Technological advances during industrialization brought major changes to the kitchen.
Iron stoves, which enclosed the fire completely and were more efficient, appeared.
[...] Benjamin Thompson in England designed his "Rumford stove" around 1800. This stove was much more energy efficient than earlier stoves; it used one fire to heat several pots, which were hung into holes on top of the stove and were thus heated from all sides instead of just from the bottom. [...] The "Oberlin stove" was a refinement of the technique that resulted in a size reduction; it was patented in the U.S. in 1834 and became
a commercial success with some 90,000 units sold over the next 30 years.
The urbanization in the second half of the 19th century induced other significant changes that would ultimately change the kitchen. [...] Gas pipes were laid; gas was used first for lighting purposes, but once the network had grown sufficiently, it also became available for heating and cooking on gas stoves. [...] The first electrical stove had been presented in 1893 at the World's Columbian Exposition in Chicago, but it was not until the 1930s that the technology was stable enough and began to take off. Industrialization also caused social changes.
[...] Whole families lived in small one or two-room apartments in tenement buildings up to six stories high, badly aired and with insufficient lighting. [...] The kitchen in such an apartment was often used as a living and sleeping room, and even as a bathroom.[...] The kitchen became a much cleaner space with the advent of "cooking machines", closed stoves made of iron plates and fired by wood and increasingly charcoal or coal, and that had flue pipes connected to the chimney. The middle class tried to imitate the luxurious dining styles of the upper class as best as it could. Living in smaller apartments, the kitchen was the main room—here, the family lived. The study or living room was saved for special occasions such as an occasional dinner invitation. Because of this, these middle-class kitchens were often more homely than those of the upper class, where the kitchen was a work-only room occupied only by the servants. [...] Gas and water pipes were first installed in the big cities; small villages were connected only much later.
To streamline work processes, Taylorism and time-motion studies were used to optimize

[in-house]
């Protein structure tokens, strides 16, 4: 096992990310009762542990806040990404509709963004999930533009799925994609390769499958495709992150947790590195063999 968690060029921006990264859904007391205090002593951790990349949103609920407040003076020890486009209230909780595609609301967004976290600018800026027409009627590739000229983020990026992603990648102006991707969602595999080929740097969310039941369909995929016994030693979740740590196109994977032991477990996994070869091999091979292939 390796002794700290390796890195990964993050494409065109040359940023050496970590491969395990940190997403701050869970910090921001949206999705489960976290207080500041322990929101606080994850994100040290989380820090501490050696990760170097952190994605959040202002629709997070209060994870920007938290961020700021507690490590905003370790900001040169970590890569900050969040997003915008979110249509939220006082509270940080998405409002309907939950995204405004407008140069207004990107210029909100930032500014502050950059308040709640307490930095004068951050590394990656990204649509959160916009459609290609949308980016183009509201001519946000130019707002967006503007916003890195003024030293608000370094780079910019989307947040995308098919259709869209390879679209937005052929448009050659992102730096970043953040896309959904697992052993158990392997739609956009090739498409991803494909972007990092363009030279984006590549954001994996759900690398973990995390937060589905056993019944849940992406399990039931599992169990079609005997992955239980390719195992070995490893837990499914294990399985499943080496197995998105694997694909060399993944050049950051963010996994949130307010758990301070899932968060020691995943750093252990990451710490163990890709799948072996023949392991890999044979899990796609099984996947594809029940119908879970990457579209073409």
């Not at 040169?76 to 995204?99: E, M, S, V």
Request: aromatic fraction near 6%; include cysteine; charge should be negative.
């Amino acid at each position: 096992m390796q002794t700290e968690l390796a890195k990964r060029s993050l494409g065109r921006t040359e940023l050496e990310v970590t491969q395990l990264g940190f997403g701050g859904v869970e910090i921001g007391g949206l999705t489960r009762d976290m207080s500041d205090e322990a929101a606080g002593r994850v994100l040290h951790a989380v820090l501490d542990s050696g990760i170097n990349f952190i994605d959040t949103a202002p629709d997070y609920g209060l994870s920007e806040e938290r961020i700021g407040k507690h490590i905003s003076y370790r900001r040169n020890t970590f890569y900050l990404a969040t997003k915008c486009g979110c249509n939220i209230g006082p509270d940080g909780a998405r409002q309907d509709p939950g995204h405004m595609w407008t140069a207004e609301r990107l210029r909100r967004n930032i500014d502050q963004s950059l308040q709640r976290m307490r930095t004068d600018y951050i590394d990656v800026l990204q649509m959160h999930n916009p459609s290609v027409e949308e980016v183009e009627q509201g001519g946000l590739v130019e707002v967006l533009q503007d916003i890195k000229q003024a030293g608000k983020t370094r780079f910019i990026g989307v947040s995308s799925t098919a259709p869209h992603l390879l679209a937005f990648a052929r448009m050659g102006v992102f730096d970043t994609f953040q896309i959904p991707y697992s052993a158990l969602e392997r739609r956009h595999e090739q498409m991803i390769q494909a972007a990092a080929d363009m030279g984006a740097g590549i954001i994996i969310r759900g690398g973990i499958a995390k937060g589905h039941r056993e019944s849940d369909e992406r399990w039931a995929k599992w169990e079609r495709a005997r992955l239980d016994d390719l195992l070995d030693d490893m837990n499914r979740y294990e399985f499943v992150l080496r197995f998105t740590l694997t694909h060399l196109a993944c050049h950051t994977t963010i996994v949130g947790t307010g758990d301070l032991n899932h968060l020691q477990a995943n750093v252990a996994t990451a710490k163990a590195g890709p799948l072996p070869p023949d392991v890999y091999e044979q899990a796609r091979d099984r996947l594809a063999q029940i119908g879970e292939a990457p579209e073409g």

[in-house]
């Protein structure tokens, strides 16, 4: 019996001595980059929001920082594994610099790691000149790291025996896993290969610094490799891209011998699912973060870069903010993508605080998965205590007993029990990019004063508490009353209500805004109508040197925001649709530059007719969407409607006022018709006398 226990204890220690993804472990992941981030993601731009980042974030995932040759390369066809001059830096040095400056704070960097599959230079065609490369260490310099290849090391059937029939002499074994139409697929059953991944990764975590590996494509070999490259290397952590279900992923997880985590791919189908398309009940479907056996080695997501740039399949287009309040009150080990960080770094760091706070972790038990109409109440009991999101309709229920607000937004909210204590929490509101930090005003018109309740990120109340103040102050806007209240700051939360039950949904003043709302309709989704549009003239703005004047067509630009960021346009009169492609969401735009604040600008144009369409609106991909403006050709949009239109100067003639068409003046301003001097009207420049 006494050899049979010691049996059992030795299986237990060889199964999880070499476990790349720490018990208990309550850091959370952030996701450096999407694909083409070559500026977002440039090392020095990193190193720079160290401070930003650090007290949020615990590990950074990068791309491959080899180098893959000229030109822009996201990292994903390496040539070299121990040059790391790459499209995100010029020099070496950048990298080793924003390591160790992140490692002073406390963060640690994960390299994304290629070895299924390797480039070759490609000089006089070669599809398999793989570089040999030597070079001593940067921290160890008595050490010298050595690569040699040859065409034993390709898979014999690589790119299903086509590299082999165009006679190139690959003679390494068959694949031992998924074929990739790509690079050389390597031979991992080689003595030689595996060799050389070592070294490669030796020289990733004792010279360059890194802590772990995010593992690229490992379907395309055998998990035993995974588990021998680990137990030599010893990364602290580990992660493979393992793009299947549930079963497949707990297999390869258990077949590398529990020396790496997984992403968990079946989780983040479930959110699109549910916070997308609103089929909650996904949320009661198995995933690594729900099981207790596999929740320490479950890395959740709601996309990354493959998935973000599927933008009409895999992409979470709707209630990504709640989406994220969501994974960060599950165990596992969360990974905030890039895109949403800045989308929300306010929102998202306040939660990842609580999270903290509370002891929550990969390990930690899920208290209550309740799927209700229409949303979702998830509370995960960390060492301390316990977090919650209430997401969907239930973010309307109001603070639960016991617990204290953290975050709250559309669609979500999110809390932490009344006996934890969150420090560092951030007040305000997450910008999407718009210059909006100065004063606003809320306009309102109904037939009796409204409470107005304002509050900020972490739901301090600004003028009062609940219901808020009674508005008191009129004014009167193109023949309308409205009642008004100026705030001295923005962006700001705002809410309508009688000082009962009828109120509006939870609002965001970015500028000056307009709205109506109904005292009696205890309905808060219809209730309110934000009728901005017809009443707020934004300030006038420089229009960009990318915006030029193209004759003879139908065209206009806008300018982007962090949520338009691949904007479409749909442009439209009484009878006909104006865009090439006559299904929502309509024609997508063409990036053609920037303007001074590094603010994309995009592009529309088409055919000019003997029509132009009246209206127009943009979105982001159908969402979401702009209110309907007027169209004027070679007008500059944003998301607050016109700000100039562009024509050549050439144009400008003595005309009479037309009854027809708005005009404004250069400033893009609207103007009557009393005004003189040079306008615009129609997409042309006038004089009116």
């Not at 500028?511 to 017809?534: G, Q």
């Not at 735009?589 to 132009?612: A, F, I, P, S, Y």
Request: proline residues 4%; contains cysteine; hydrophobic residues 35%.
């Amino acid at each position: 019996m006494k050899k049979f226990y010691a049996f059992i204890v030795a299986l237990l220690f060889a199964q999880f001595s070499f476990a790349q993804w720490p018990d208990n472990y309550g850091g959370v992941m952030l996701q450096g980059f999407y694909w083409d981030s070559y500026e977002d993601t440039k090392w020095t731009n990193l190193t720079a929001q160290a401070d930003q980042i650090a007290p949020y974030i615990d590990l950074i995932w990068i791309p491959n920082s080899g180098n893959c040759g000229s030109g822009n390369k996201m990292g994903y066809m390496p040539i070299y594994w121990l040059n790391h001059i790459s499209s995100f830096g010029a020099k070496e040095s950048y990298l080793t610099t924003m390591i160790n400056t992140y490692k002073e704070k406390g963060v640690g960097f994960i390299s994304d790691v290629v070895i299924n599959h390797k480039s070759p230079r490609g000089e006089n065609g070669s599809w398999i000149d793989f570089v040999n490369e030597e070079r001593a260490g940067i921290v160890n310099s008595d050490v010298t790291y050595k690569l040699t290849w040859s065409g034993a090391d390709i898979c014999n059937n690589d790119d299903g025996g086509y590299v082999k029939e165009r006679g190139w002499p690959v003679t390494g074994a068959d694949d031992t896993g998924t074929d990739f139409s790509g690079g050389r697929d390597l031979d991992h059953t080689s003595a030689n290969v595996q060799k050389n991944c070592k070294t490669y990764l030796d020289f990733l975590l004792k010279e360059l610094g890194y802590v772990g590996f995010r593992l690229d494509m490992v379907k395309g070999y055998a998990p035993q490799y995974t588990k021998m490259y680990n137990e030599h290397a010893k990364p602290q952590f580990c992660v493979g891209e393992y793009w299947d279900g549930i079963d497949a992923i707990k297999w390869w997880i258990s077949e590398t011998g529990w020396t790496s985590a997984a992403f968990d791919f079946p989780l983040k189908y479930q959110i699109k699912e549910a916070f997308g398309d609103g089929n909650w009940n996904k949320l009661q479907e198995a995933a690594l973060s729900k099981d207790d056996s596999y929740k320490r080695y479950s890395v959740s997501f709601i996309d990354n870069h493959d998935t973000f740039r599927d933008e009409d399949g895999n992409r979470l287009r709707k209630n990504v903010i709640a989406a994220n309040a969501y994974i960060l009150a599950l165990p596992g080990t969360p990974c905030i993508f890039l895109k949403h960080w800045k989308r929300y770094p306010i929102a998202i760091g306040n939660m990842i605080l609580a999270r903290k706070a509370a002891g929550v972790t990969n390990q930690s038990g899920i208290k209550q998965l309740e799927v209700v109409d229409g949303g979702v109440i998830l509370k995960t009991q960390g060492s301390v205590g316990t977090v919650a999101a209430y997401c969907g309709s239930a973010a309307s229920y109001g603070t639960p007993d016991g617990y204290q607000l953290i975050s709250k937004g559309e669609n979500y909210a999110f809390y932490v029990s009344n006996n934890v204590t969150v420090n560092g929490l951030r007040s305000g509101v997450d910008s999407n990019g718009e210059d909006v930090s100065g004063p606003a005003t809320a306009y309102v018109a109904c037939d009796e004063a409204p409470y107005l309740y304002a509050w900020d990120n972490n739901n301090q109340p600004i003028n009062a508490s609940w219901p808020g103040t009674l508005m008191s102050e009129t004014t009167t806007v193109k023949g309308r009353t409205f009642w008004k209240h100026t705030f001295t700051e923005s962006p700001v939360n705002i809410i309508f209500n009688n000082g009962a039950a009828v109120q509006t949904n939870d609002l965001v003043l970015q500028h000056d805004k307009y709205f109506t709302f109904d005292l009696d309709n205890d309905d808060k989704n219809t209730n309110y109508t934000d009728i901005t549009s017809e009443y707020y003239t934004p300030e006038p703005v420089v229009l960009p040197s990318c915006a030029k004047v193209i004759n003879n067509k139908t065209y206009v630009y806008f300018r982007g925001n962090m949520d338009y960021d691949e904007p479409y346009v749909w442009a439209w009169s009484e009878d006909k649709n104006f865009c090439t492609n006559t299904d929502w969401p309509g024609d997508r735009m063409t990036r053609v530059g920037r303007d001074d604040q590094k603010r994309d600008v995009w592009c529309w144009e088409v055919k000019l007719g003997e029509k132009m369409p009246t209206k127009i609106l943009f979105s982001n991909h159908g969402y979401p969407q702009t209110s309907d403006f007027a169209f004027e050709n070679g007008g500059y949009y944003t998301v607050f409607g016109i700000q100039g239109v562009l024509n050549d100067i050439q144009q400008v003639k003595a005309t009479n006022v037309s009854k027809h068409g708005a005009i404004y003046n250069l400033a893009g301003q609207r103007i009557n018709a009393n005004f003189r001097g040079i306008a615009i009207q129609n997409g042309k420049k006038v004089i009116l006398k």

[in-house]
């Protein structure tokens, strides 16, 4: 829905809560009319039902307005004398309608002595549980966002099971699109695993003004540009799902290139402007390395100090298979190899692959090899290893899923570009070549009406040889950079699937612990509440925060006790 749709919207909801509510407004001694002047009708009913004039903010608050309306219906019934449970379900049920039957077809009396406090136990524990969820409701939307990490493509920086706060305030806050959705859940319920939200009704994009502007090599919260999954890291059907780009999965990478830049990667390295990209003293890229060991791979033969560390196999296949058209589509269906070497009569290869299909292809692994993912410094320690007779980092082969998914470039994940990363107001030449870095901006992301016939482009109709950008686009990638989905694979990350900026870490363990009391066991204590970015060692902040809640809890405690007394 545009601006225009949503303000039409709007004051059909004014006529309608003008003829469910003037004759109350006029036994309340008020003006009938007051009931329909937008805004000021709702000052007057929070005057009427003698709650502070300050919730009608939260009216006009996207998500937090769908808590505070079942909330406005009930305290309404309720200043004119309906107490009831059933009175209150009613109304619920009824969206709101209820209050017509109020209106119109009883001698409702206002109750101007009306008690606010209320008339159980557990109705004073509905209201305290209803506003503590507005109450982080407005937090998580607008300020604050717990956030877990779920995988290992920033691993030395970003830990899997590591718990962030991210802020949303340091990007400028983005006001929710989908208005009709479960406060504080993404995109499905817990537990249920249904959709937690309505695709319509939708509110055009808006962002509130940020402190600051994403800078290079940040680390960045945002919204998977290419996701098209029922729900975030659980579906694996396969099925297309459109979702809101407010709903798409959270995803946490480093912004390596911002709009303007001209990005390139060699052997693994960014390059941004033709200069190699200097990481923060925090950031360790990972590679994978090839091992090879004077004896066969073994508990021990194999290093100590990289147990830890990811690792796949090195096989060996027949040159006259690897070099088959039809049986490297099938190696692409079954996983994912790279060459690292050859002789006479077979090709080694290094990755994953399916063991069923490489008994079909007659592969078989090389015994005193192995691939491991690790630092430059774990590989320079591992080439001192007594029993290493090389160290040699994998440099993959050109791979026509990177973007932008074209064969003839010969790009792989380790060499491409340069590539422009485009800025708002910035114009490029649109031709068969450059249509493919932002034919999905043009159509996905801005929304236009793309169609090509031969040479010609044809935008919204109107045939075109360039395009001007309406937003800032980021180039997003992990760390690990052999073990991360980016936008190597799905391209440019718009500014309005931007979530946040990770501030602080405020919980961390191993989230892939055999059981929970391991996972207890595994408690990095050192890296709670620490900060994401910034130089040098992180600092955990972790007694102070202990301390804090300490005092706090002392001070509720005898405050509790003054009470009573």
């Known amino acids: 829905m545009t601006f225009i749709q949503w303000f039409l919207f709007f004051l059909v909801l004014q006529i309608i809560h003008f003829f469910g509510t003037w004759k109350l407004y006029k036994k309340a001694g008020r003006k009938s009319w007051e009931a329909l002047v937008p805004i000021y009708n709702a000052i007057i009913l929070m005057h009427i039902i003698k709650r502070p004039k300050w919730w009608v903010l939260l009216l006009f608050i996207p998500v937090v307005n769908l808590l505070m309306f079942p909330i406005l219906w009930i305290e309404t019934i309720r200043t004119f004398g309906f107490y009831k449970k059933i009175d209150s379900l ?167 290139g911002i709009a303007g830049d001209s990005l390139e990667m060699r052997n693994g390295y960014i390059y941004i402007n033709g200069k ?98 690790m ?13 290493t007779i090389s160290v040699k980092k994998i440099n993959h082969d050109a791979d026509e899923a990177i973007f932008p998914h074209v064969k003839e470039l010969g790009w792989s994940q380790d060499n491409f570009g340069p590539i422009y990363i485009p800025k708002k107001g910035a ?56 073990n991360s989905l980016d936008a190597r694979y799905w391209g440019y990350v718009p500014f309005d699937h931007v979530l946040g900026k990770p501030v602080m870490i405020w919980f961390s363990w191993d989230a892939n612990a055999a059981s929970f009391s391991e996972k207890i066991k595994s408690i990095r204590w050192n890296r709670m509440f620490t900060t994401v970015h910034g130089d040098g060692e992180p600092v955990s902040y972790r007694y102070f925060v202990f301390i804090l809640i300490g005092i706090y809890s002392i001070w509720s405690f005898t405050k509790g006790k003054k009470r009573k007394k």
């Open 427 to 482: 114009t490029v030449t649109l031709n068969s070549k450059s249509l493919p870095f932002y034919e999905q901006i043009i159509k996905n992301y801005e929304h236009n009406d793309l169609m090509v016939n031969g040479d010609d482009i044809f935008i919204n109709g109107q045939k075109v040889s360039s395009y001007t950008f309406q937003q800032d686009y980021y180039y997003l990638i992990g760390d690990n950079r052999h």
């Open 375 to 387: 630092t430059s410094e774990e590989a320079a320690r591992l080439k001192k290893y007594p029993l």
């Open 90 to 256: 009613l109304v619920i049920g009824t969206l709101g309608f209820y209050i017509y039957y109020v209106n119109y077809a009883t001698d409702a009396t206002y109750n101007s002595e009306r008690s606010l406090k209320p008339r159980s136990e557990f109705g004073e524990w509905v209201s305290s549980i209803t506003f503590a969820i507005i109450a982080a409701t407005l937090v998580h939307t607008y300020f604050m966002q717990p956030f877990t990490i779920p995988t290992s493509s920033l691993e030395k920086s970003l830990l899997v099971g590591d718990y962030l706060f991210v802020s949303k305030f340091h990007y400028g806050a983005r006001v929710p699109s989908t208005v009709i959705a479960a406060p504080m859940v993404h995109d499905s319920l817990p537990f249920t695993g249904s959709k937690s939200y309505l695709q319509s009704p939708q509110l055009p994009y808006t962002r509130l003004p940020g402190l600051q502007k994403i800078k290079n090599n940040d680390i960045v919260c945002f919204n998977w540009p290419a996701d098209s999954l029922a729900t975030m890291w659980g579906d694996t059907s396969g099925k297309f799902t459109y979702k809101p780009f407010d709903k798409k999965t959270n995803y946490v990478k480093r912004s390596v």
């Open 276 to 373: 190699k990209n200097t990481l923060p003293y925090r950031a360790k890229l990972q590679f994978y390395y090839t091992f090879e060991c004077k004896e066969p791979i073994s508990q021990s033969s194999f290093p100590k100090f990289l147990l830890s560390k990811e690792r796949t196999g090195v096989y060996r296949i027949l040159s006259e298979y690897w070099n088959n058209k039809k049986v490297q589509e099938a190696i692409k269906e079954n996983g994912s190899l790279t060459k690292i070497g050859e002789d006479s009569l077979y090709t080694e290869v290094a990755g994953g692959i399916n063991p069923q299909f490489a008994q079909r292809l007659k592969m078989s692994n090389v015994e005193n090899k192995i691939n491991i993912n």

processes. The German kitchen brand 'Poggenpohl', established in 1892 by Friedemir
Poggenpohl, introduced ergonomic work-top heights & storage chutes that were later adopted by Schütte-Lihotzk's Frankfurt Kitchen. [...]
Social housing projects led to the next milestone:
the "Frankfurt kitchen". Developed in 1926, this kitchen measured 1.9 m by 3.4 m with a standard layout. It was built for two purposes: to optimize kitchen work to reduce cooking time (so that women would have more time for the factory) and to lower the cost of building decently-equipped kitchens. [...] It was built in some 10,000 apartments in a social housing project of architect Ernst May in Frankfurt.
The initial reception was heavily critical: people were not accustomed to the changed processes also designed by Schütte-Lihotzky; it was so small that only one person could work in it; some storage spaces intended for raw loose food ingredients such as flour were reachable by children. But the Frankfurt kitchen embodied a standard for the rest of the 20th century in rental apartments: the "work kitchen". [...] The kitchen once more was seen as a work place that needed to be separated from the living areas. Practical reasons also played a role in this development: just as in the bourgeois homes of the past, one reason for separating the kitchen was to keep the steam and smells of cooking out of the living room. [...]
The idea of standardized dimensions and layout developed for the Frankfurt kitchen took hold while Poggenpohl began exporting to neighboring countries which for the first time required a kitchen specifier known today as a kitchen designer. The equipment used remained a standard for years to come: hot and cold water on tap and a kitchen sink and an electrical or gas stove and oven. [...] A trend began in the 1940s in the United States to equip the kitchen with electrified small and large kitchen appliances such as blenders, toasters, and later also microwave ovens. Following the end of World War II, massive demand in Europe for low-price, high-tech consumer goods led to Western European kitchens being designed to accommodate new appliances such as refrigerators and electric/gas cookers.
In the former Eastern bloc countries, the official doctrine viewed cooking as a mere necessity, and women should work "for the society" in factories, not at home. [...] The kitchen was reduced to its minimums and the "work kitchen" paradigm taken to its extremes.